Housing is giving a boost to the economic recovery and housing inventories. Single-family and multifamily construction jumped nearly 23% last month, the Commerce Department reports. This marks the highest production rate since February.
Broken out, single-family construction jumped in July by 8.2% to a seasonally adjusted annual rate of 940,000. The multifamily sector, which encompasses apartment buildings and condos, rose 58.4% to a 556,000 pace, the Commerce Department reports.
“The market is being buoyed by historically low interest rates, a focus on the importance of housing, and a shift to the suburbs as more buyers are seeking homes in suburban communities, exurbs, and more affordable low-density markets,” says Robert Dietz, the NAHB’s chief economist.
New construction for single-family and multifamily units now nearly matches pre-pandemic activity from the first quarter. “Such growth is needed to steadily relieve the housing shortage,” says Lawrence Yun, chief economist of the National Association of REALTORS®. “This kind of growth is also a major contributor to local economic recovery.”
However, Yun cautions that the increase in multifamily units may lead to an oversupply of apartment buildings, notably in city centers where there has been some shift in consumer preference for single-family homes in the suburbs during the pandemic.
On new-home construction, buyers may face higher prices. Builders caution that an increase in lumber prices—by more than 110% since mid-April--is adding about $14,000 to the cost of building each new single-family home.
Nevertheless, high buyer demand is still increasing the construction of single-family units, a sign Yun says is “welcome.” Housing inventory nationwide for homes for sale is down by 19% from a year ago. “There is intense buyer competition in the market as a result,” he notes. In particular, the Western region of the U.S. is seeing competition, as new-home construction is not rising as much and the inventory shortage is most pronounced.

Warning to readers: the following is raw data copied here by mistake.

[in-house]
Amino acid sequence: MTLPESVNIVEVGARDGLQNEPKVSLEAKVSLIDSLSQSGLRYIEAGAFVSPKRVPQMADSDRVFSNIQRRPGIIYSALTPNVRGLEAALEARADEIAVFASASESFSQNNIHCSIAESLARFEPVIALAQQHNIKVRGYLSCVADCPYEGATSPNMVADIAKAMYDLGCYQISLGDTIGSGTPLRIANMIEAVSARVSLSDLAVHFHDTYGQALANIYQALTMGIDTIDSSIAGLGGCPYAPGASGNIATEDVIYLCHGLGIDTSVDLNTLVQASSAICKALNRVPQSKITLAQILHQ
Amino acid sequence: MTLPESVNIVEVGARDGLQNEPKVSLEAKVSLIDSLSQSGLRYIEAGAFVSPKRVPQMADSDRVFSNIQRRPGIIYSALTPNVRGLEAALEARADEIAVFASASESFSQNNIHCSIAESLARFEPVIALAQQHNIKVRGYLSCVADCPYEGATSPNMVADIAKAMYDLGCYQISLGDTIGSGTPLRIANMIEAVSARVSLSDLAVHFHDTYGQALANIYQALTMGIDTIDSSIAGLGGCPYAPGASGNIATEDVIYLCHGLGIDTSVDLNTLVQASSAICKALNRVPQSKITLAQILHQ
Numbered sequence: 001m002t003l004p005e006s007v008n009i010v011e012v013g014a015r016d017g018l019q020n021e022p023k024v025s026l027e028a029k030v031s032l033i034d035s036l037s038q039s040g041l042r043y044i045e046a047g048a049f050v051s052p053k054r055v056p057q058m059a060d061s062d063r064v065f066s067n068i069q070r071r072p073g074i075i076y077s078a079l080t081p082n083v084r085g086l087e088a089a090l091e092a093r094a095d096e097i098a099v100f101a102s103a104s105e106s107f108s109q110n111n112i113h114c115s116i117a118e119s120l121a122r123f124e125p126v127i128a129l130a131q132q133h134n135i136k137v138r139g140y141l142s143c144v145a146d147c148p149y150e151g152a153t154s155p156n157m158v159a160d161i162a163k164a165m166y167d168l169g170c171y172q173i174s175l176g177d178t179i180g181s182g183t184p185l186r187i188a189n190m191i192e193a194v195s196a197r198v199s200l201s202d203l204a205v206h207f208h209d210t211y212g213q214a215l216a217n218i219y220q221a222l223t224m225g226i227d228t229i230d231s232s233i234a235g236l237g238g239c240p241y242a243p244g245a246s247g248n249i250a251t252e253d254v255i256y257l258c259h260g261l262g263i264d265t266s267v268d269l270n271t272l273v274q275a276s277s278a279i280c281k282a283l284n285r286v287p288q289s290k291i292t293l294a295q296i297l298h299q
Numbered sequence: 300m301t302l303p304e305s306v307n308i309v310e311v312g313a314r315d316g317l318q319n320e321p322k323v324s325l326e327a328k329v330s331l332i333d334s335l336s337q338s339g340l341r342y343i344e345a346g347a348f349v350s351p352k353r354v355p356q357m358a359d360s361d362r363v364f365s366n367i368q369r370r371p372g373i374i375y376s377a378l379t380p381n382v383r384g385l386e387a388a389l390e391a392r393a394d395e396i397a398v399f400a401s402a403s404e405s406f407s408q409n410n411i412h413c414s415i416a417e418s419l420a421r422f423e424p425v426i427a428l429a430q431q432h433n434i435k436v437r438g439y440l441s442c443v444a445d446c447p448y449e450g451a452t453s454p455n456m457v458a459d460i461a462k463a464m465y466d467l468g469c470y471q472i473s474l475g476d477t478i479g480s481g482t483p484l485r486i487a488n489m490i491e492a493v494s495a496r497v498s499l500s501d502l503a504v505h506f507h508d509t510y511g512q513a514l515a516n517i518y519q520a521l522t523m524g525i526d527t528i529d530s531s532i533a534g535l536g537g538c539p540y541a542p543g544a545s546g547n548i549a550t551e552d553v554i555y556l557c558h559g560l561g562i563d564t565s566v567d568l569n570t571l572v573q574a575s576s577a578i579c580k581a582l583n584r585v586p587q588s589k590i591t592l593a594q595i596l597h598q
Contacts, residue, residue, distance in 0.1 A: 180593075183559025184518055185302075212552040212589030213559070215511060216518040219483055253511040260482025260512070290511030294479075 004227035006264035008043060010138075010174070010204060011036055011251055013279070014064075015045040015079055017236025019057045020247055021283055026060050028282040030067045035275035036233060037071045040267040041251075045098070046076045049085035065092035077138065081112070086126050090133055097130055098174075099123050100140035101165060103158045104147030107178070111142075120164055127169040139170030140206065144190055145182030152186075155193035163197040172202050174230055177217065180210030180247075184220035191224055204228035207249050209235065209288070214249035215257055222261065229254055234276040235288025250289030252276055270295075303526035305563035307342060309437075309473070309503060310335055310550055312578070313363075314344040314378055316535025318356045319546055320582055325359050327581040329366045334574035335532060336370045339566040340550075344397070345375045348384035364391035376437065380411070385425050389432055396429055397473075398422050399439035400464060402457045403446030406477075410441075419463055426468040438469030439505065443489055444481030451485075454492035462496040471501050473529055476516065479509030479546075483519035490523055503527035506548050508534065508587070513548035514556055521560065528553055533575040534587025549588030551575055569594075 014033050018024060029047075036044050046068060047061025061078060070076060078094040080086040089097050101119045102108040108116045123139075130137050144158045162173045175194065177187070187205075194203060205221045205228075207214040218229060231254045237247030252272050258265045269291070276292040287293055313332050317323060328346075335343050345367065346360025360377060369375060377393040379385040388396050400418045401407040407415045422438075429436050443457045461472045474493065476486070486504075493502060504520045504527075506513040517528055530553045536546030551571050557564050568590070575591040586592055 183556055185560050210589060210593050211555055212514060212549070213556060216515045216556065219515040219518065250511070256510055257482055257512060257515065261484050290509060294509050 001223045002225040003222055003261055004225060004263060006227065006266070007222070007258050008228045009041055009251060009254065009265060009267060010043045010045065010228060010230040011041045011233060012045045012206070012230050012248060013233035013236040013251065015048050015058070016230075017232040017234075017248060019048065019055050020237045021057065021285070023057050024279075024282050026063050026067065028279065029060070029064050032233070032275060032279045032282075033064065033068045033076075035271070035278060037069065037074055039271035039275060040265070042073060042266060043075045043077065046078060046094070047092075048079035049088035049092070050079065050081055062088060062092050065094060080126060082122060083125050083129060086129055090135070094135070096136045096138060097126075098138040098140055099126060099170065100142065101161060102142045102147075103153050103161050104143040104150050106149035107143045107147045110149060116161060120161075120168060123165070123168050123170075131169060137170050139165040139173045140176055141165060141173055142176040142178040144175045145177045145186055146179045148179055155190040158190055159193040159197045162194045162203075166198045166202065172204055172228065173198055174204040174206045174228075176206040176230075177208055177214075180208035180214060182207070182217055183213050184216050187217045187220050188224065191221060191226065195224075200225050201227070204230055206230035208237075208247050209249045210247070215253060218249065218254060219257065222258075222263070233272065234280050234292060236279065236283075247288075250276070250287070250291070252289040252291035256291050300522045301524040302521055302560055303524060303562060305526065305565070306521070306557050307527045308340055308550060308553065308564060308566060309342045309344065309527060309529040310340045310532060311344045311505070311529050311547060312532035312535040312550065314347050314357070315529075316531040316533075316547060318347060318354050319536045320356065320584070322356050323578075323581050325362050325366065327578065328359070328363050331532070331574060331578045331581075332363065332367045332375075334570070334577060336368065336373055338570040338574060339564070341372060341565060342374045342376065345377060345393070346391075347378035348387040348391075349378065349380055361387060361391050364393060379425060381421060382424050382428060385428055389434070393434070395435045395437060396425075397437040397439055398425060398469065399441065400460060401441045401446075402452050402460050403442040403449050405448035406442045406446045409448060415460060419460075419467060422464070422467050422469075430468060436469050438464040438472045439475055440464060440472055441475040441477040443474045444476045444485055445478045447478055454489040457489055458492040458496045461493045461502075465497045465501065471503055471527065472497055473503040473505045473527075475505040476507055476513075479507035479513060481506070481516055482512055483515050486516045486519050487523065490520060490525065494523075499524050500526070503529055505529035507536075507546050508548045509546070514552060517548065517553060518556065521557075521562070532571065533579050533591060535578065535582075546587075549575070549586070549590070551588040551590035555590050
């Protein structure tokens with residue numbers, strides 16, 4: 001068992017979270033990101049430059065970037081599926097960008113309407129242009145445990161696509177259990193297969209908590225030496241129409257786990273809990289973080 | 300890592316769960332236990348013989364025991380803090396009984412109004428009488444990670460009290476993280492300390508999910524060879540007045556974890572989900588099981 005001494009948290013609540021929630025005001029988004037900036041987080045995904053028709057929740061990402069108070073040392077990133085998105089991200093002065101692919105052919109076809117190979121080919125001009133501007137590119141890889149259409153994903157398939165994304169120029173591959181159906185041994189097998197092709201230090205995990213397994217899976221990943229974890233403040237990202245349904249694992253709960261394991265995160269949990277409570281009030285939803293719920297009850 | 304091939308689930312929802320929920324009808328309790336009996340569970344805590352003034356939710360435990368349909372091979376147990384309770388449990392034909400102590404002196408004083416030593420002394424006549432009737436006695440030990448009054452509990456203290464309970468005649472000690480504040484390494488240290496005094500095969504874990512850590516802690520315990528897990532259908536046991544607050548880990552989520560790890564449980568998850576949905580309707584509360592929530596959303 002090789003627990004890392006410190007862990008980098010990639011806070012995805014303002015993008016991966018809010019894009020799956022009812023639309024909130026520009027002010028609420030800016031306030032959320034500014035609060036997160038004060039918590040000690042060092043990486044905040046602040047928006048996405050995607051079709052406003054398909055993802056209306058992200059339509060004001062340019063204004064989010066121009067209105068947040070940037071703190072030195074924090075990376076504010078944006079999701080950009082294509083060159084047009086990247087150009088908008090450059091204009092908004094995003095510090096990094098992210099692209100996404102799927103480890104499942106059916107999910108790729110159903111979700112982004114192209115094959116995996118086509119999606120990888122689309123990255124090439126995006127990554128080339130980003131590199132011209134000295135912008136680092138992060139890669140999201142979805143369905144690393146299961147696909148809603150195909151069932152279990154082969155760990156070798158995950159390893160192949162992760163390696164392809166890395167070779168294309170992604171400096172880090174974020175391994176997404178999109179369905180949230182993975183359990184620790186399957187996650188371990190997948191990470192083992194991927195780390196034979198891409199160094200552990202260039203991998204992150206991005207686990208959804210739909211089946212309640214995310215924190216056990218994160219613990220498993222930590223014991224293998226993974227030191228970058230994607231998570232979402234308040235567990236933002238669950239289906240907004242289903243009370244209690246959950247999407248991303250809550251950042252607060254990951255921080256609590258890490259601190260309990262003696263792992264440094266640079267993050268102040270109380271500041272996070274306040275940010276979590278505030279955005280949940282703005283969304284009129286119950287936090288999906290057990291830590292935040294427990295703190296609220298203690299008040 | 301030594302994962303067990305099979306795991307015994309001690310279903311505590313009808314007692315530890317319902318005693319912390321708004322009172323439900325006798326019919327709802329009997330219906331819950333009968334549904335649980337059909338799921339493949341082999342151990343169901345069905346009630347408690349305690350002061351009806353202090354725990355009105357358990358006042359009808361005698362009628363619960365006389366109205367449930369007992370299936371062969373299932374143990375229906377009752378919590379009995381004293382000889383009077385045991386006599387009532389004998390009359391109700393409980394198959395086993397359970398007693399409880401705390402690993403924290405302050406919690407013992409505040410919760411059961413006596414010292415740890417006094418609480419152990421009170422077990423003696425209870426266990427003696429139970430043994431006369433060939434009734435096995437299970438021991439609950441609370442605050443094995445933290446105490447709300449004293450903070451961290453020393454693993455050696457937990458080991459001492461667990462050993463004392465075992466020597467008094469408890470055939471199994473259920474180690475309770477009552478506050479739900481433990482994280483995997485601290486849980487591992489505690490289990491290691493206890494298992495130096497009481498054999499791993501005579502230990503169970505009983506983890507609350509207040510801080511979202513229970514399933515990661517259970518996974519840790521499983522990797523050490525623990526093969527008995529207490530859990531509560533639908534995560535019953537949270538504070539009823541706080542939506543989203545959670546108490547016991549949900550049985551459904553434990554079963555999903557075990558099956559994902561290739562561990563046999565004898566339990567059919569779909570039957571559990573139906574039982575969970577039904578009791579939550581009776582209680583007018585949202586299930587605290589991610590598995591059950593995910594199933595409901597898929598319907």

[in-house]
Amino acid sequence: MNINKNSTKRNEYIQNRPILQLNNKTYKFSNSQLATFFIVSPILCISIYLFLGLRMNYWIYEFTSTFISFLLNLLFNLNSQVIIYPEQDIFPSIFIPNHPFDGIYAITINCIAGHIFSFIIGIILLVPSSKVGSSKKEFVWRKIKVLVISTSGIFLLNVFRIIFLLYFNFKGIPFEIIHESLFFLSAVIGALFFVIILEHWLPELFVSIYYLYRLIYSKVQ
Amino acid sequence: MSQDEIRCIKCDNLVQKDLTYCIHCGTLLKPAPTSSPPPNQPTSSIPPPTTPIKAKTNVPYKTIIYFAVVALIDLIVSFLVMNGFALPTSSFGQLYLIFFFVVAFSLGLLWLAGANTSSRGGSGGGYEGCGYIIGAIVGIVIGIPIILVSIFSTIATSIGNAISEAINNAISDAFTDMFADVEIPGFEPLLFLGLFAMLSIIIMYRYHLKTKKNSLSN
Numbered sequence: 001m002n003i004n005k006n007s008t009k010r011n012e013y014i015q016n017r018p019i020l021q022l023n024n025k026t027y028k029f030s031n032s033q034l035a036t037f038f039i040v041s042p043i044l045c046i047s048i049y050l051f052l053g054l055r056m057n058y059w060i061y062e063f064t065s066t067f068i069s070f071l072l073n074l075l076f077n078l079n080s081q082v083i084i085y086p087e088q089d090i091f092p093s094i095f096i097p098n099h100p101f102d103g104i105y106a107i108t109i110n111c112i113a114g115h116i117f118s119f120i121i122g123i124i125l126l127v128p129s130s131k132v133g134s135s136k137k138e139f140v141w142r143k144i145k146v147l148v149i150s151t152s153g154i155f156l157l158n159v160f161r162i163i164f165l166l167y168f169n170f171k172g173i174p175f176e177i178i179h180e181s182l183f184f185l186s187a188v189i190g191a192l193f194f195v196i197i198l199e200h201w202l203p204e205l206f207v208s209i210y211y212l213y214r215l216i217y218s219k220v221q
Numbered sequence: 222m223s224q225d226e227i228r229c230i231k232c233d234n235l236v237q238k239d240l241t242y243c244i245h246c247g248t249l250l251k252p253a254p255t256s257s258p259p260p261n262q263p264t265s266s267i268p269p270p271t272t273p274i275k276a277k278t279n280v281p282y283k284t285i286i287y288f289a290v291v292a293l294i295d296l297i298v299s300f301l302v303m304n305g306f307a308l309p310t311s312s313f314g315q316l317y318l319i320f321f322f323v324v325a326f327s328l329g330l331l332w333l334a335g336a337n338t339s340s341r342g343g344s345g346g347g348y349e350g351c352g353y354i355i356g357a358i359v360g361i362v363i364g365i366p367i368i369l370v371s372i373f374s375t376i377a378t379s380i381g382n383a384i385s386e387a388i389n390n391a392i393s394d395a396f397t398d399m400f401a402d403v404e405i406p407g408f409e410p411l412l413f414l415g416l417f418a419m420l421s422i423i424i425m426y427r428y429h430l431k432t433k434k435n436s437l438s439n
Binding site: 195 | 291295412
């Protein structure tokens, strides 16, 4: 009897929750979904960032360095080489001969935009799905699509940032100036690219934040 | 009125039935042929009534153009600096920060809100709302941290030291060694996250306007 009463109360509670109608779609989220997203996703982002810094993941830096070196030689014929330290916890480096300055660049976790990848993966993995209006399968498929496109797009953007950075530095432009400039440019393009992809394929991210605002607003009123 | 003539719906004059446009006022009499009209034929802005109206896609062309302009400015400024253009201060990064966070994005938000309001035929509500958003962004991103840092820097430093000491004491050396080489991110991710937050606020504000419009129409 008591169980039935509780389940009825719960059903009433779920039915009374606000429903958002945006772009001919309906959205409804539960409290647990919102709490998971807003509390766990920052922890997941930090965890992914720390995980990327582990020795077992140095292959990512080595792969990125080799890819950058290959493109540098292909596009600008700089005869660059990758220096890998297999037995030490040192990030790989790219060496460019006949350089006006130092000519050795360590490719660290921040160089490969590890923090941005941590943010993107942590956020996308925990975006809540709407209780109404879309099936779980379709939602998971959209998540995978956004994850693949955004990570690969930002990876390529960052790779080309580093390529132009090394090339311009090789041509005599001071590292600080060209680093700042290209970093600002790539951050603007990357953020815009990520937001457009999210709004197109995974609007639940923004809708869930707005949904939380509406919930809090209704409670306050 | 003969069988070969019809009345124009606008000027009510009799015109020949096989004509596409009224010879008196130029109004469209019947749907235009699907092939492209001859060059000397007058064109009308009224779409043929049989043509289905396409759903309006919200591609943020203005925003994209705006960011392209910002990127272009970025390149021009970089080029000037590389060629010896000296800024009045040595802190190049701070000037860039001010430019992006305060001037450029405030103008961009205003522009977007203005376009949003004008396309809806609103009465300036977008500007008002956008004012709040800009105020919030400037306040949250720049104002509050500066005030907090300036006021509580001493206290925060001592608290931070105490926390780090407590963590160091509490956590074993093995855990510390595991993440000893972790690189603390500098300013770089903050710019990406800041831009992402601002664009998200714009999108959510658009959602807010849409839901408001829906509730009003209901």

Combined single-family and multifamily starts saw the largest jump last month in the Northeast, increasing 9.3% annually, followed by a 5.9% increase in the Midwest and a 5.2% uptick in the South. The West saw the lowest increase but still rose 1.4% annually.
Despite the recent increases in new-home construction, Yun predicts inventory shortages will remain problematic for the remainder of the year but sees an opportunity for a more balanced market with housing supply in 2021.
Housing permits, a gauge for future construction, rose 18.8% to a 1.50 million unit annual rate in July, the Commerce Department reports. Single-family permits jumped 17% while multifamily permits increased 22.5%. Housing permits were highest in the South, up 5.4%, and the Midwest was up 3.2% annually, but permits were down 6.2% in the Northeast and by 1.6% in the West.